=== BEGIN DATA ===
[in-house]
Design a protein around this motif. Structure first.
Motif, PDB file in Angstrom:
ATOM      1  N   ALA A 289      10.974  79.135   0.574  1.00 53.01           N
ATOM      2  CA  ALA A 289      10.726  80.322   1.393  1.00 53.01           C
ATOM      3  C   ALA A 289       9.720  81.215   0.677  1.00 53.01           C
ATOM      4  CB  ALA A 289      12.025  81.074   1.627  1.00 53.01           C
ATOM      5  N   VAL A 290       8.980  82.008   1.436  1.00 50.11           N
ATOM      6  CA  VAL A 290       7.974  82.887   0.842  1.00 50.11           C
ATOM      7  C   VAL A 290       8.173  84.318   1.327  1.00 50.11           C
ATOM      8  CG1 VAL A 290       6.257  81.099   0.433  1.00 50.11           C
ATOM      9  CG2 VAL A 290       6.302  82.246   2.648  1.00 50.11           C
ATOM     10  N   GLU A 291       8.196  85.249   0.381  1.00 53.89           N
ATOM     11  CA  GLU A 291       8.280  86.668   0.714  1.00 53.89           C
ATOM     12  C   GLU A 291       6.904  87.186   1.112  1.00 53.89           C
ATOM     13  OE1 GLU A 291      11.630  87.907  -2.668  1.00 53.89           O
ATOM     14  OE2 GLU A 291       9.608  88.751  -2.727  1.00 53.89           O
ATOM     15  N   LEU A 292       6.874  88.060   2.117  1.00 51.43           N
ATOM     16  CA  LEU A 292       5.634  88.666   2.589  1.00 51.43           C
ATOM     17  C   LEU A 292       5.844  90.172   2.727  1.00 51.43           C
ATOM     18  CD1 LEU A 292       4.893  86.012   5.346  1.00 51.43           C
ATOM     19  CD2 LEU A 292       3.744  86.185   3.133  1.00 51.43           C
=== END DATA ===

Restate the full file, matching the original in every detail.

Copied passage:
[in-house]
Design a protein around this motif. Structure first.
Motif, PDB file in Angstrom:
ATOM      1  N   ALA A 289      10.974  79.135   0.574  1.00 53.01           N
ATOM      2  CA  ALA A 289      10.726  80.322   1.393  1.00 53.01           C
ATOM      3  C   ALA A 289       9.720  81.215   0.677  1.00 53.01           C
ATOM      4  CB  ALA A 289      12.025  81.074   1.627  1.00 53.01           C
ATOM      5  N   VAL A 290       8.980  82.008   1.436  1.00 50.11           N
ATOM      6  CA  VAL A 290       7.974  82.887   0.842  1.00 50.11           C
ATOM      7  C   VAL A 290       8.173  84.318   1.327  1.00 50.11           C
ATOM      8  CG1 VAL A 290       6.257  81.099   0.433  1.00 50.11           C
ATOM      9  CG2 VAL A 290       6.302  82.246   2.648  1.00 50.11           C
ATOM     10  N   GLU A 291       8.196  85.249   0.381  1.00 53.89           N
ATOM     11  CA  GLU A 291       8.280  86.668   0.714  1.00 53.89           C
ATOM     12  C   GLU A 291       6.904  87.186   1.112  1.00 53.89           C
ATOM     13  OE1 GLU A 291      11.630  87.907  -2.668  1.00 53.89           O
ATOM     14  OE2 GLU A 291       9.608  88.751  -2.727  1.00 53.89           O
ATOM     15  N   LEU A 292       6.874  88.060   2.117  1.00 51.43           N
ATOM     16  CA  LEU A 292       5.634  88.666   2.589  1.00 51.43           C
ATOM     17  C   LEU A 292       5.844  90.172   2.727  1.00 51.43           C
ATOM     18  CD1 LEU A 292       4.893  86.012   5.346  1.00 51.43           C
ATOM     19  CD2 LEU A 292       3.744  86.185   3.133  1.00 51.43           C